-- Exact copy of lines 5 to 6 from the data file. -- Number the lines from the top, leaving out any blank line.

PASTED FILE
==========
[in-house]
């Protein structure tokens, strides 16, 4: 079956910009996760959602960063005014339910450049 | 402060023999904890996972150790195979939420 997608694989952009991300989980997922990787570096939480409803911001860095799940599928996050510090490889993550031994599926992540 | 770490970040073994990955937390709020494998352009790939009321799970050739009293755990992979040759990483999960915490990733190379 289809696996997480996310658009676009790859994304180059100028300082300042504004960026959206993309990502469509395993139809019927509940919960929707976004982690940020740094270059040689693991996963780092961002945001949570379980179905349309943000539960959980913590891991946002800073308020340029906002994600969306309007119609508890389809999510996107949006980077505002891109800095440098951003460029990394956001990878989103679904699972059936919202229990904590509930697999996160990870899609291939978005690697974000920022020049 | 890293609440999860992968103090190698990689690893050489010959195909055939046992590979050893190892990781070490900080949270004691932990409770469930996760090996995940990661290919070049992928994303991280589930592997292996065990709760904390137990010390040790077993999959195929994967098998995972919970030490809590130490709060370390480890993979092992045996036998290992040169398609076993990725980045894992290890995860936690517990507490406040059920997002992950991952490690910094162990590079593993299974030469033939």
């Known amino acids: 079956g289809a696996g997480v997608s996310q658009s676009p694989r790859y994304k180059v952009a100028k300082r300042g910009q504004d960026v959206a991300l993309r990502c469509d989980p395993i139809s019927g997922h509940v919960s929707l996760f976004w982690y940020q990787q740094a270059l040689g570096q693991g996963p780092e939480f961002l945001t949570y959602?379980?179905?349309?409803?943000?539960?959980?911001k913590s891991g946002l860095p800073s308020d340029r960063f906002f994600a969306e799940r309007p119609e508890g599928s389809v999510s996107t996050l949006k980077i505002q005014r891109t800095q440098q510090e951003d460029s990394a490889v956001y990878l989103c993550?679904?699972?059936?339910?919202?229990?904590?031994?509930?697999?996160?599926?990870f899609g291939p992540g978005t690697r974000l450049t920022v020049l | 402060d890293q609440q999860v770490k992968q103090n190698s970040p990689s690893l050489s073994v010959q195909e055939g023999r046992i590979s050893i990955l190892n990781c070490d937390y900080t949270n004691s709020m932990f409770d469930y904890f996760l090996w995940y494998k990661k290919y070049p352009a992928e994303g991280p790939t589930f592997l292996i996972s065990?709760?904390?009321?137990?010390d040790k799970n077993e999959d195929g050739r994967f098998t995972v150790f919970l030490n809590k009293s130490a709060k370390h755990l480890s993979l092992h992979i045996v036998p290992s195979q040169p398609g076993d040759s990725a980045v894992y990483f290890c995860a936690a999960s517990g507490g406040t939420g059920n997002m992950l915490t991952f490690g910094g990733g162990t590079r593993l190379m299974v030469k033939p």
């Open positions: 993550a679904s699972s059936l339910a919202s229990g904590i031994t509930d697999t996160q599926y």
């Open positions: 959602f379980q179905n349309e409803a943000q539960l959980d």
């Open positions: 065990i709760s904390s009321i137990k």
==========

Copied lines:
């Open positions: 959602f379980q179905n349309e409803a943000q539960l959980d």
């Open positions: 065990i709760s904390s009321i137990k």